Fidget Spinners: Tool or Toy?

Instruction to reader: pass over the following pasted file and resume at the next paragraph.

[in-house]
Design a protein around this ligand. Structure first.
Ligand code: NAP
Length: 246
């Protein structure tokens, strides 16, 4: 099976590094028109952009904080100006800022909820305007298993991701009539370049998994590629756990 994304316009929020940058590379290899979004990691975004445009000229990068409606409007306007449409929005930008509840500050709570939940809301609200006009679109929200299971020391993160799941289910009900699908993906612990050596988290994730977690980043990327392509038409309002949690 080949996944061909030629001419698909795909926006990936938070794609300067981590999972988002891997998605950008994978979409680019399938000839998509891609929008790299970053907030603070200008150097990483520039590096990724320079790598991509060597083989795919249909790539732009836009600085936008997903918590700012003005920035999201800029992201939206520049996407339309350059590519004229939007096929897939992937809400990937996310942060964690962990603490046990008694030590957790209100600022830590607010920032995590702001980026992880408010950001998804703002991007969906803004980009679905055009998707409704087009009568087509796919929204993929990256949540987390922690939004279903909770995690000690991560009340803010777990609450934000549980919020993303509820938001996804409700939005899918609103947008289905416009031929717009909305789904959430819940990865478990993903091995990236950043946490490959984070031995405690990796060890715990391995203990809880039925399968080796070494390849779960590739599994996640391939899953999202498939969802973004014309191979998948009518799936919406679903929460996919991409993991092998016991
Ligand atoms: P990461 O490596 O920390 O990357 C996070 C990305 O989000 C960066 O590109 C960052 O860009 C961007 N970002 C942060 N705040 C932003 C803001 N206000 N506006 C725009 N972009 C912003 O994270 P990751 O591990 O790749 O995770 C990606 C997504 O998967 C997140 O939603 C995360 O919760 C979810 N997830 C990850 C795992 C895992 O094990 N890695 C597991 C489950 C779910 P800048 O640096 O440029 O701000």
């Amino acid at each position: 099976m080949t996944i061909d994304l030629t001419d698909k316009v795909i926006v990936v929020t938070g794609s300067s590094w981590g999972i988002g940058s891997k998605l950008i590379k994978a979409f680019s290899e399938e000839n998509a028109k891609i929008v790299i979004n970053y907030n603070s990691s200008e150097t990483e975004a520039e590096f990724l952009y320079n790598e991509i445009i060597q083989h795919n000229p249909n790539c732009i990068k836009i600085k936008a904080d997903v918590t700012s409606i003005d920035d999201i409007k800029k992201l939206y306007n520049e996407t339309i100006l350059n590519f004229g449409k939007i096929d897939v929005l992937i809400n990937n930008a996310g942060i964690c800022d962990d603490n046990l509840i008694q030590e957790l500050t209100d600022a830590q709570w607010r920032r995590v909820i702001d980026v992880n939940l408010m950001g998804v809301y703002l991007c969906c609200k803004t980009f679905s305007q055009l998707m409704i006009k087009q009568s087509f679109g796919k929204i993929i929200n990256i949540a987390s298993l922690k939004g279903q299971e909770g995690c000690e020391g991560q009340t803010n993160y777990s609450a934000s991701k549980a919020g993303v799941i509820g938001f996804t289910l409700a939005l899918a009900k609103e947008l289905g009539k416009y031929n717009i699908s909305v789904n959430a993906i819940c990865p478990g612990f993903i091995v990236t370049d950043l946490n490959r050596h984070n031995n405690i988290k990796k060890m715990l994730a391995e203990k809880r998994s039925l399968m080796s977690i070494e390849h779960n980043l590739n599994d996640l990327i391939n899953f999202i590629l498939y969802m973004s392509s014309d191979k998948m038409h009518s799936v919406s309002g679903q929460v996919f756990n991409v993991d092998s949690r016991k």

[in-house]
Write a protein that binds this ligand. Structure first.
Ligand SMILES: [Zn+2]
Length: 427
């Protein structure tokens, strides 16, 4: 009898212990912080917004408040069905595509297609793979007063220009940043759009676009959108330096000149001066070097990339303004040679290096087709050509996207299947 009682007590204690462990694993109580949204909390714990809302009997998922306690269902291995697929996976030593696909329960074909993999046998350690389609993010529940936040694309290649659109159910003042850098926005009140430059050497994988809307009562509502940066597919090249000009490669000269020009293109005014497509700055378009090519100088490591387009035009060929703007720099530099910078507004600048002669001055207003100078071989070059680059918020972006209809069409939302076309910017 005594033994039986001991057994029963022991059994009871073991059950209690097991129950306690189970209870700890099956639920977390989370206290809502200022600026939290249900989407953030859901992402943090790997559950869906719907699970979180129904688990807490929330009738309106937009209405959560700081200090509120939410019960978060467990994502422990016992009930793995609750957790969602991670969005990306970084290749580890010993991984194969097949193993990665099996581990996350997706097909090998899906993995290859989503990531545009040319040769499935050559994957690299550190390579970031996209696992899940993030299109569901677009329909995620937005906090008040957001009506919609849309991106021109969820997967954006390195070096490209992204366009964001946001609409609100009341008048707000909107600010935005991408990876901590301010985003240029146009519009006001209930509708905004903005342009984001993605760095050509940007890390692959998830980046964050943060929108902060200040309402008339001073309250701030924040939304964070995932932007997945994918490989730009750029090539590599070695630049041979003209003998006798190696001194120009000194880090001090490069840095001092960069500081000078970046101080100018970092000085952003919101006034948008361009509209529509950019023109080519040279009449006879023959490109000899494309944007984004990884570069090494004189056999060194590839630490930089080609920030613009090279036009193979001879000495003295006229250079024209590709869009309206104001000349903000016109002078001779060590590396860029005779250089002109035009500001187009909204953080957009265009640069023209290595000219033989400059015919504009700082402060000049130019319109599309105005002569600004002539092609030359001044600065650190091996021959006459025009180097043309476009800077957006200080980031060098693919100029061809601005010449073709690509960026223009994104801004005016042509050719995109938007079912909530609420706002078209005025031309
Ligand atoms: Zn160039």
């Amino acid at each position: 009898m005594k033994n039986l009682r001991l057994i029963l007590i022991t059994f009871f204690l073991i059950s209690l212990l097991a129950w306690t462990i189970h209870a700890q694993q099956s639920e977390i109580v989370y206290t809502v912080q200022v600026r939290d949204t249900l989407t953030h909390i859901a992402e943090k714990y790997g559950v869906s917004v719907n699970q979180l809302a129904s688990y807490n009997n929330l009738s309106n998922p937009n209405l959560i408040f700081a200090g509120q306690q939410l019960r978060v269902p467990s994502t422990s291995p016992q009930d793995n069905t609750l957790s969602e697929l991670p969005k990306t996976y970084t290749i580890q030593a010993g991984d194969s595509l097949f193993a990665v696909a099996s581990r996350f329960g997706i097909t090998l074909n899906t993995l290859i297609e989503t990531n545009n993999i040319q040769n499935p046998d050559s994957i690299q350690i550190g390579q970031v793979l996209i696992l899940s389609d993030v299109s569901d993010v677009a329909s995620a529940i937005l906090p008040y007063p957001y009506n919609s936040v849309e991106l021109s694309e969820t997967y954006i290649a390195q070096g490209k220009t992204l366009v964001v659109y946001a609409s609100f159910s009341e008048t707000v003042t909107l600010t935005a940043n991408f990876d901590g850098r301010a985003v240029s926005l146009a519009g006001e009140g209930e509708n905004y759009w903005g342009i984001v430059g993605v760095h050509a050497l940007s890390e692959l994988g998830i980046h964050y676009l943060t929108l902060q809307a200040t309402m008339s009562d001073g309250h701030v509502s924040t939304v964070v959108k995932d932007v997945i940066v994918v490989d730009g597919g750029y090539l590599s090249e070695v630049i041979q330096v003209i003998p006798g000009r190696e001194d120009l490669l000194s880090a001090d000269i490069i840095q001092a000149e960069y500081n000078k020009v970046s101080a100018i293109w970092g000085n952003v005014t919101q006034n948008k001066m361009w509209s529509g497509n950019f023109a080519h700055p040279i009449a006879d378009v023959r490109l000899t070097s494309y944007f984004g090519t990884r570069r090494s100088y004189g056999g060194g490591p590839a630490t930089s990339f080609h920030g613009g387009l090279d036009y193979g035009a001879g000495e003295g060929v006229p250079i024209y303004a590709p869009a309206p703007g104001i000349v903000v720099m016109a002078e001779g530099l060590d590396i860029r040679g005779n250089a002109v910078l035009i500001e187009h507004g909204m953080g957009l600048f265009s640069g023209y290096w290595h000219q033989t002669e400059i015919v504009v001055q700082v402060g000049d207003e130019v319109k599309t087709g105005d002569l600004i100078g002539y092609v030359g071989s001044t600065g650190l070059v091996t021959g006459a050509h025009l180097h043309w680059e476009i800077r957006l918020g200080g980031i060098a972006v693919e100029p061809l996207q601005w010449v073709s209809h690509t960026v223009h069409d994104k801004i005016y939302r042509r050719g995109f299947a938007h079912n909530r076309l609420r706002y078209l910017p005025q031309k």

Emilio Alvarez If you don’t have a fidget spinner, then you most likely know someone who does. You are also probably aware of the sudden skyrocket of popularity in this toy. Originally marketed as a fidget gadget for people with ADD, fidget spinners are the new cool toy which recently has been used among all kids across the world. As it is now being sold as a toy, controversy surrounds whether or not it actually helps stimulate attention. Inevitably, these gadgets have made their way into the classroom, and have been banned in schools across the nation. So, what is it about this toy that appeals to kids? How do these fidget spinners help or harm the user’s ability to concentrate, and what’s Latin doing with regards to these gadgets? The fidget spinner has a bearing in the middle with two or three weighted prongs, and is made with plastic, aluminum, copper and more. Long before they became popular, fidget spinners were used by guidance counselors, therapists and teachers as a stress reliever. The fidget spinner became especially popular this year, when kids in schools started to use them as toys. The gadget, originally advertised as a focus-stimulator, are now found in the hot-toy store sections across the world. Elaine Taylor-Klaus, the co-founder of ImpactADHD, says the root of the popularity starts when “kids don’t know how to use a fidget and it becomes the primary focus instead of the background focus.” The small size of the gadget and ability to use it discreetly makes it optimal for entertainment in class. Some people who have ADD/ADHD need fidgeting to help them focus, which is the purpose of fidget spinners. Fidgeting allows some people to “focus on what they want to focus on, because there’s sort of a background motion that’s occupying that need,” according to Taylor-Klaus. Jaylon Rozier, a high school student in Greensboro, NC benefits from the fidget spinner and uses it subtly in school to prevent distraction. Jaylon is epileptic, and the “medicine I take to control it ratchets up my need to move around.” Fidgeting is human nature, and using fidget tools is proven to increase focus and performance. UC Davis professor Julie Schweitzer conducted a study that tested the proficiency on a test taken by kids with ADHD. The students took one test while not being allowed to move, and another being allowed to move. The students collectively had a much higher score when allowed to move than when not allowed. Some people with ADHD focus better when there is a stimulating movement involved. The fidget spinner, however may not be the optimal gadget to be used in an academic setting, as it can be distracting. The motion of spinning the gadget usually requires two hands, and the spinning blades make a sound which can take the focus off the teacher and to the student using the spinner. It is also tempting to play around with the toy, doing tricks such as balancing it on a finger. Actions like these would not be beneficial to a class as a whole–it can be very distracting, especially to students. Currently, Latin’s Upper School is not restricting the use of fidget spinners, but the middle school has buckled down on a policy to take any fidget spinner a student is caught using. Middle school students, because they are younger, are less mature with using gadgets in a learning environment. High schoolers are more mature and hence more capable of making the right decision and, when making the wrong one, knowing to deal with the consequences. Students can benefit from the use of a fidget spinner, but there are also very realistic harms of using the gadget in a classroom setting. In the end, it’s down to the student’s intention to be responsible and use these focus tools for the right purposes.]]>